Institute for Micro Process Engineering (IMVT)

Gasseparation membranes

  • contact:

    Dr. Katja Haas-Santo

  • Partner:

    German Aerospace Center (DLR), Stuttgart, Germany

    Research Center Jülich (FZJ), Jülich, Germany

     

Process intensification aims to increase the production capacity, to decrease the energy consumption and to reduce wastes with the subsequent reduction of the production costs. Development of new equipment and processes is needed in order to reach these goals.

In this context, integration of catalytic membrane reactors employing mixed ionic (oxygen ion or proton)-electronic conductors (MIEC) based separation membranes or metallic membranes like Pd membranes for hydrogen separation could allow to yield more environmentally safe and economically efficient processes. These membrane reactors allow the controlled removal or feeding of O2 or H2, and consequently enable to surpass equilibrium conversion or increase product selectivity in reactions such as oxidative dehydrogenation of hydrocarbons or water gas shift, respectively. Some of the needed targets for this kind of membranes are listed: (a) high permeation fluxes; (b) low cost; (c) stability and durability and (d) low fabrication costs.1

Besides the improvement of the permeation fluxes by tailoring the materials, they can be also improved by decreasing the membrane thickness, using supports with engineered porosity, and/or applying catalytic coatings for targeted surface reactions.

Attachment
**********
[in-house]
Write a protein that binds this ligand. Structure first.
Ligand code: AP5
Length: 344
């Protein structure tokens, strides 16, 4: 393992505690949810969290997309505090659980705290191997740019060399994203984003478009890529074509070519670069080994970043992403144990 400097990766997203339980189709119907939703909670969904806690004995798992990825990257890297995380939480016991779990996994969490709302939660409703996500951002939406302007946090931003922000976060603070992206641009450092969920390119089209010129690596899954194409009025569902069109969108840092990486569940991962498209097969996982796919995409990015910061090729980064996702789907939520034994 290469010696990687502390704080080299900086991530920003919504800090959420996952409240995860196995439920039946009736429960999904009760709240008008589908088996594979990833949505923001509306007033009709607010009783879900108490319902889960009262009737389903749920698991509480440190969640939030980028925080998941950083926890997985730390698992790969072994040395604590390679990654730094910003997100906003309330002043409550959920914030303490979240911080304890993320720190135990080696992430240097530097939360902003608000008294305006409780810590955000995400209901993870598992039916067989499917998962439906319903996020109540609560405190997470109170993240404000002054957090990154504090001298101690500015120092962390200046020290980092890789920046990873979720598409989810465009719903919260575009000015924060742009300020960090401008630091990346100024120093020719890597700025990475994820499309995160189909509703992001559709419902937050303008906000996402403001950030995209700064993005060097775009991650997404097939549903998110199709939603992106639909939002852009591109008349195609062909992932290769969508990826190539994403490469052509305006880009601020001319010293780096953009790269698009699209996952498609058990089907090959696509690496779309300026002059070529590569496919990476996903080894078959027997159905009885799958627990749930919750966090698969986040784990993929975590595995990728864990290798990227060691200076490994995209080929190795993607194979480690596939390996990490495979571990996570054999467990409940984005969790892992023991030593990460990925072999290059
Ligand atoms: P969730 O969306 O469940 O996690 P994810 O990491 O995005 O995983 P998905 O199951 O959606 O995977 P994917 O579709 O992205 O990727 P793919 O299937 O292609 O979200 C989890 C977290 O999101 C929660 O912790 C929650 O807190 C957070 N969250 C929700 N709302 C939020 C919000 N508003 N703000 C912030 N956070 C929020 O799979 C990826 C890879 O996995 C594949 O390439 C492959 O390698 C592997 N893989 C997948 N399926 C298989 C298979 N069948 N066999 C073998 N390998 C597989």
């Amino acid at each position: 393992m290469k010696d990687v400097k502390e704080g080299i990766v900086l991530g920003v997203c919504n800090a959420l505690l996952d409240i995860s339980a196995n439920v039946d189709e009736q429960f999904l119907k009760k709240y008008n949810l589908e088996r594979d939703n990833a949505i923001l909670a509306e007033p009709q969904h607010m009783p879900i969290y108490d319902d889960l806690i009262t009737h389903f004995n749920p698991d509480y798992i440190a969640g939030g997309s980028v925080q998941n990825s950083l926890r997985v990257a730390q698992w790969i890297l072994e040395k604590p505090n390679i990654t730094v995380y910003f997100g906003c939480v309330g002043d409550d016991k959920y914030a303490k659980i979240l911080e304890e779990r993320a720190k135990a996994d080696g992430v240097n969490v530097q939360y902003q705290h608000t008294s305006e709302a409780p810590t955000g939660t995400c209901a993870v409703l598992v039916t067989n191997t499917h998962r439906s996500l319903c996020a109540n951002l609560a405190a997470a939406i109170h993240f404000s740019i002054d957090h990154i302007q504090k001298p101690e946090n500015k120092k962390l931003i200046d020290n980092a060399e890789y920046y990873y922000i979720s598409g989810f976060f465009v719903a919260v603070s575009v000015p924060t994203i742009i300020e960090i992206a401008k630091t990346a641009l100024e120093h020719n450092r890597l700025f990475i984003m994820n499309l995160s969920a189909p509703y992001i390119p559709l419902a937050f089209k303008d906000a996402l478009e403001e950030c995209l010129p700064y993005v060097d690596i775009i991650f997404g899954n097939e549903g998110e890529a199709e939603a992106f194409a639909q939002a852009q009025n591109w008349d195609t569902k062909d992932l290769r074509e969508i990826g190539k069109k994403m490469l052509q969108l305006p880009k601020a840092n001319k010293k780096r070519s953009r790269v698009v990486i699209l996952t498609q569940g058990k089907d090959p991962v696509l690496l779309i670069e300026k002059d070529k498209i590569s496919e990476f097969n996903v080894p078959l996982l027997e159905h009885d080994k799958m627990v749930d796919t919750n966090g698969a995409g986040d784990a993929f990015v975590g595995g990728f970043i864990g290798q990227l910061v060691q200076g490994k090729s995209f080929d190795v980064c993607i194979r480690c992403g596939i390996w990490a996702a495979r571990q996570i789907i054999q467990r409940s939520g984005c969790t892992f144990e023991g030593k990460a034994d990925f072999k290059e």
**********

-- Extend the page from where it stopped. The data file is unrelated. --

Main aspects of our work are the development of a compact metallic reactor for the integration of ceramic membranes as well as the simulation of gas transport through multi layer membranes.

The development of the compact metallic reactors includes several steps: (a) development and integration of a membrane holder for thick membranes, including the development of the sealing process; (b) development of a framework containing a porous metallic support and the manufacture of thin membranes by sputtering; (c) application as membrane catalytic reactors with the previous development of the adequate catalysts.

 

 

Publications:

Escolastico, S., Schygulla, U., Haas-Santo, K., Schulze-Küppers, F., Baumann, S., Marcano, D., Vassen, R., Dittmeyer, R, Integration of Ceramic Membranes in Compact Metallic Reactors, 13th International Conference on Catalysis in Membrane Reactors, Houston, USA, 10-13 July 2017

Li, H., Haas-Santo, K., Schygulla, U., Dittmeyer, R., Inorganic microporous membranes for H₂ and CO₂ separation-Review of experimental and modeling progress, Chemical Engineering Science, 127 (2015) 401-417 DOI: 10.1016/j.ces.2015.01.022

H. Li, U. Schygulla, J. Hoffmann, P. Niehoff, K. Haas-Santo, R. Dittmeyer, Experimental and modeling study of gas transport through composite ceramic membranes, Chem. Eng. Sci., 108 (2014) 94-102.

Wenjin Ding, Michael Klumpp, Hui Li, Ulrich Schygulla, Peter Pfeifer, Wilhelm Schwieger, Katja Haas-Santo, and Roland Dittmeyer, Investigation of High-Temperature and High-Pressure Gas Adsorption in Zeolite H-ZSM-5 via the Langatate Crystal Microbalance: CO2, H2O, Methanol, and Dimethyl Ether J. Phys. Chem. C, 2015, 119 (41), 23478–23485 DOI: 10.1021/acs.jpcc.5b06591